Wayne’s Whole 30 Controversy
The sun is shining, small plants are creeping out of the ground, and Wayne is ready to get his healthy lifestyle back on track. As a competitive varsity athlete, Wayne raced track and field like his life depended on it. He was young, fit and at the top of his game. Fast-forward 20 years and Wayne’s top priorities look quite different, namely balancing long hours at work with the needs of his family. He still makes time for gym sessions but knows his once “clean diet” is trending to more convenience, quick meals. He’s been gaining a bit of weight over the years and with spring is ready to get on track. After chatting with friends at his local gym, Wayne decides to give the Whole 30 a try.
What is the Whole 30?
The Whole30 diet was founded by a husband and wife duo claiming they can help you improve your metabolism, weight loss efforts, relationship with food, unexplainable aches and pains, energy levels, skin, fertility, digestive and inflammatory issues, seasonal allergies. How do they propose you do this? “Eliminate the most common craving-inducing, blood sugar disrupting, gut-damaging, inflammatory food groups for a full 30 days. Let your body heal and recover from whatever effects those foods may be causing.” What’s left on the menu once these have been eliminated? Mainly meat, seafood, eggs, vegetables, fruit, nuts, seeds and oil. After the initial elimination phase comes the reintroduction phase of introducing one food group at a time over ten days to determine what has been causing your unwanted GI upset.
I’m going to dig into the pros and cons of this diet trend I’ve seen growing in popularity to give you all the facts before trying it out for yourself.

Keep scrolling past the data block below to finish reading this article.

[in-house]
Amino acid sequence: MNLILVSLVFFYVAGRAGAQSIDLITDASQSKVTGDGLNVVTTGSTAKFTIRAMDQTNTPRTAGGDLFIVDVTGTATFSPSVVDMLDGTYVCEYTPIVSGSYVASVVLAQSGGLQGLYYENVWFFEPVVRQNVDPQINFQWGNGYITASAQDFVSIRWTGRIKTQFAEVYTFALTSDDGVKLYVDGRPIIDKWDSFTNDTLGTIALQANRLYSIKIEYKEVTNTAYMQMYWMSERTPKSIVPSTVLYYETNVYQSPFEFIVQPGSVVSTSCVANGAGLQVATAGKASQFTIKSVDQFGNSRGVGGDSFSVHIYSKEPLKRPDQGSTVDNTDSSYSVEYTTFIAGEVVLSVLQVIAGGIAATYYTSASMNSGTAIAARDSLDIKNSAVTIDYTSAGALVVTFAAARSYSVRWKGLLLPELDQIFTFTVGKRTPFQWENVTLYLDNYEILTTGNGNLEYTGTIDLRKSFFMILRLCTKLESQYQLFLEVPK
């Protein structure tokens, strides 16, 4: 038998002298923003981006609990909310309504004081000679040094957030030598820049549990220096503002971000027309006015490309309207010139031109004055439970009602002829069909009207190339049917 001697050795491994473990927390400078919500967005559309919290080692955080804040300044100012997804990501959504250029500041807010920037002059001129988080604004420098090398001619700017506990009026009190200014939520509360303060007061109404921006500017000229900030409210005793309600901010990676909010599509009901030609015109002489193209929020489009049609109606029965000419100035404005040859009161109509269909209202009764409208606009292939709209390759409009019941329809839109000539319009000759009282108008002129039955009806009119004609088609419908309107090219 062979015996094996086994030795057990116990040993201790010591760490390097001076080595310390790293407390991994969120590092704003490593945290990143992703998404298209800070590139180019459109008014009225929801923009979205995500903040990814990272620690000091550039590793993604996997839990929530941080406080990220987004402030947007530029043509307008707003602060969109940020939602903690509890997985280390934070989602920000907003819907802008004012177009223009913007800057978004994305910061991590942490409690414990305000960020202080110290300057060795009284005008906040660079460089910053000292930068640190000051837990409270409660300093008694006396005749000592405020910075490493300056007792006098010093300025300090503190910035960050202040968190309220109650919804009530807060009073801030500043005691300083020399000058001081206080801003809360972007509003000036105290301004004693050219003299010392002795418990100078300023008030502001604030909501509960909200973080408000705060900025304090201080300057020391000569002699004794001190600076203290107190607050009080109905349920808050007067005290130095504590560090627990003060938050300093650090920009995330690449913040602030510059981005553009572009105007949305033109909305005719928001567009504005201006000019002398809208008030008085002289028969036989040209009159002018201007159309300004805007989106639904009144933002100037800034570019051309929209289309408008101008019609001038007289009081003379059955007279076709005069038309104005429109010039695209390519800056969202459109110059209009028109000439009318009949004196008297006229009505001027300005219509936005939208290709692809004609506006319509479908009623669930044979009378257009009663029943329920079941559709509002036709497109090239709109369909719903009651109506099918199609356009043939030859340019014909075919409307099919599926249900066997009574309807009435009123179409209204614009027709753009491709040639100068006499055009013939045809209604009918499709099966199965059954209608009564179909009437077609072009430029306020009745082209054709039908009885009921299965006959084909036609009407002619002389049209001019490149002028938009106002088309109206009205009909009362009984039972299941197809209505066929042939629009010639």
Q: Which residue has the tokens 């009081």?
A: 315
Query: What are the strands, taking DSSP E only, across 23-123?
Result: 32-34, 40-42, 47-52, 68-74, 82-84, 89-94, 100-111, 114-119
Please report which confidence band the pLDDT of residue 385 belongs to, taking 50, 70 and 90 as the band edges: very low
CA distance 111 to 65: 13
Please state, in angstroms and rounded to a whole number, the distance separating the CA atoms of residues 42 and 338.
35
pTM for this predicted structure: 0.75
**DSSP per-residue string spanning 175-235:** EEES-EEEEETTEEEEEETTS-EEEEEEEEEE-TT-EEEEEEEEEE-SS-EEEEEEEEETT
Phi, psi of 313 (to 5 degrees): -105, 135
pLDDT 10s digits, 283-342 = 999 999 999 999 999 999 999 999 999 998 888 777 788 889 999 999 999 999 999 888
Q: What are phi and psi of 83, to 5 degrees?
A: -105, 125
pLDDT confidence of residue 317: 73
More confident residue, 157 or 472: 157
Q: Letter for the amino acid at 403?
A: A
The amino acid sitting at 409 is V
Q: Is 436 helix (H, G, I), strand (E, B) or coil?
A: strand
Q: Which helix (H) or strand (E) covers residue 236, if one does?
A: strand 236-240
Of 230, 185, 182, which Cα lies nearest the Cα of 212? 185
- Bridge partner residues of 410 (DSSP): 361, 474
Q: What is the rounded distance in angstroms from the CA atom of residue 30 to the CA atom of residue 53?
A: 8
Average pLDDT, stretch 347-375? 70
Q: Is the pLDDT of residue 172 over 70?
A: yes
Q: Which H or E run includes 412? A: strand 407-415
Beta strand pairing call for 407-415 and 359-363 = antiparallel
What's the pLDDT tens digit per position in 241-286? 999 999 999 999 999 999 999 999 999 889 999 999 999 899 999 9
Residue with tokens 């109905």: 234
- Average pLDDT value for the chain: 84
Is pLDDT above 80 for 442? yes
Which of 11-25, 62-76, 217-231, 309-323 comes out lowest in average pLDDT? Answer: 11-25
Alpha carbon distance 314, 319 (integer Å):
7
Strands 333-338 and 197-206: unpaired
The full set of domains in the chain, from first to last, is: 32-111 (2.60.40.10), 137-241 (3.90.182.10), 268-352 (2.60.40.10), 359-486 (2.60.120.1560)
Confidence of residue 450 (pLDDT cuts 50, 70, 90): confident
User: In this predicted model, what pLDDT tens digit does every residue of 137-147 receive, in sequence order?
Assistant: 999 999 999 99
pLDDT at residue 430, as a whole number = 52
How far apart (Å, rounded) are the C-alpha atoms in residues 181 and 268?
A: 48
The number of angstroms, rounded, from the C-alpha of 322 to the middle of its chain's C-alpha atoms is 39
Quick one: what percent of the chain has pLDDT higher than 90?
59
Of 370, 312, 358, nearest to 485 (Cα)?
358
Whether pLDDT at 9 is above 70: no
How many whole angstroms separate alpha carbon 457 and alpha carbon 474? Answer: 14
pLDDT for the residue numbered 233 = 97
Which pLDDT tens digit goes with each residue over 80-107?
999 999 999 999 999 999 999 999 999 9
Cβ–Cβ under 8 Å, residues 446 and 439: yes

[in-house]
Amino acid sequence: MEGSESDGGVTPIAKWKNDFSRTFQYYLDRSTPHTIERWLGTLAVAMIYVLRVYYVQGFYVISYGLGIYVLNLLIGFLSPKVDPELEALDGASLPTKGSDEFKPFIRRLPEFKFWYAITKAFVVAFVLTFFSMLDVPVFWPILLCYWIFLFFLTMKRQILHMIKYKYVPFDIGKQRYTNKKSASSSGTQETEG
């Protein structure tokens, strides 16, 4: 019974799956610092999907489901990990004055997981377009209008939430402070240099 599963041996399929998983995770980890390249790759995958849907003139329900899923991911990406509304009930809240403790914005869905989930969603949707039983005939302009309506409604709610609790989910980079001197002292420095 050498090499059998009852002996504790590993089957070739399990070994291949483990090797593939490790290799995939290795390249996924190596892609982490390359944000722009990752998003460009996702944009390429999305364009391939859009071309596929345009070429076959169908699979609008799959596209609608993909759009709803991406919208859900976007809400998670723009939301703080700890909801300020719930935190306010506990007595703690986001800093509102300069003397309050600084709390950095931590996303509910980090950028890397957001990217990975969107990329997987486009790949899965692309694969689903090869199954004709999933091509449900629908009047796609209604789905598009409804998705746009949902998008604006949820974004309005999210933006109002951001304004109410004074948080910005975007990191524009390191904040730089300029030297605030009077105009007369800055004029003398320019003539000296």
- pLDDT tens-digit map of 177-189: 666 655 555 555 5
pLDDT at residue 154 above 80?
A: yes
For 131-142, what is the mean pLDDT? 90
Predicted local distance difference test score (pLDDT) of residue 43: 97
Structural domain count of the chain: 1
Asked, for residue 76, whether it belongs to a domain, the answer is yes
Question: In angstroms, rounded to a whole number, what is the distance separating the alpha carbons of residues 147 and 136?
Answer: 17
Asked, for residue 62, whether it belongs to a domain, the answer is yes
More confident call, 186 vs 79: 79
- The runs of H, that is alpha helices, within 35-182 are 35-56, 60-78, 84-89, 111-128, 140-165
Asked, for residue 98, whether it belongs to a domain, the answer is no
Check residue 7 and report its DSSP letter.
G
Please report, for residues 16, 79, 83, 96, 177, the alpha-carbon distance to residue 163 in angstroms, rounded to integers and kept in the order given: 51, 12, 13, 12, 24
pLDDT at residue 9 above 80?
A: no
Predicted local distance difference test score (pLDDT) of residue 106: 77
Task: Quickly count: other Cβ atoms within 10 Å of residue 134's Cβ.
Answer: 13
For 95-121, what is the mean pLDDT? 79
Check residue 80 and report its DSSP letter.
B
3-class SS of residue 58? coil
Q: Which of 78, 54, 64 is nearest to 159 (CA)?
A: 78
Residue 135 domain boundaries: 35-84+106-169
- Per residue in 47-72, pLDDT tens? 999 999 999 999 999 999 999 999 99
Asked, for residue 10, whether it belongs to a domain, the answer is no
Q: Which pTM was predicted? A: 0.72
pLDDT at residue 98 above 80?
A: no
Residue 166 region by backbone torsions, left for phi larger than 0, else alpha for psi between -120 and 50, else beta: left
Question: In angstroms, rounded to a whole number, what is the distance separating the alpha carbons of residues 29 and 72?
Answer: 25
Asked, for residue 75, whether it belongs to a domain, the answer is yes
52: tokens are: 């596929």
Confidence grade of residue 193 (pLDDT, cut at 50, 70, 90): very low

First, although it’s very restrictive, it’s not meant as a lifelong eating pattern and they don’t suggest it is followed for more than 30 days. Instead, they have a Whole 9 focusing on nine factors for optimal health to include in daily life. Additionally, they have a very weight-neutral approach, suggesting not weighing yourself for the entire month and instead focusing on your changes in sleep, skin, energy and overall wellbeing. This holistic approach to nutrition is more in line with my personal views, focusing on healthy diet and lifestyle habits rather than the number on the scale.
The Whole 30 diet is ultimately just that, a diet. It contains quite the restrictive list of foods that must be avoided, as previously mentioned. Once you start creating a set of rules regarding “good” and “bad” foods, you’re heading down the dangerous path of developing an unhealthy relationship with food. The obsession with eating strictly clean foods sounds like a path towards developing an eating disorder. This may sound extreme, but the language used in the book makes it clear that there is no room for mistakes.
“Unless you physically tripped and your face landed in a box of doughnuts, there is no ‘slip.’ You make a choice to eat something unhealthy. It is always a choice, so do not phrase it as if you had an accident.”
Ouch! I understand that adopting healthier eating habits can be tough, but this is downright offensive. Eating is more than just fuel; it should be a source of pleasure and socializing. When we start associating these healthy foods with guilt and shame, we’re setting ourselves up for the yo-yo dieting cycle of restriction and binging.
Another problem is the lack of plant-based protein options. The diet clearly recommends some animal proteins are to be included in your diet daily. This means that unless you’re willing to include some animal proteins, you’re unable to follow the Whole30. This high intake of meat products could be harmful to not only the environment but our bodies as well. Graciously, they’ve included a vegetarian option, however, the only protein sources allowed are eggs and fish, at every meal, for a month.
Finally, there are diet facets associated with the Whole30 that I can’t stand by as a dietitian, namely the lack of scientific evidence for the claims made. These include promises to detox your body, the ability to cure health ailments from digestion to mood swings, and of course how expensive it can be.
The bottom line? The Whole30 includes strict guidelines about which foods you’re allowed to eat. This is paving a path towards unhealthy relationships with food and removing the innate pleasure and excitement associated with eating. I don’t believe in a need to suffer to reap the health benefits of eating properly and enjoying food without obsessive rules.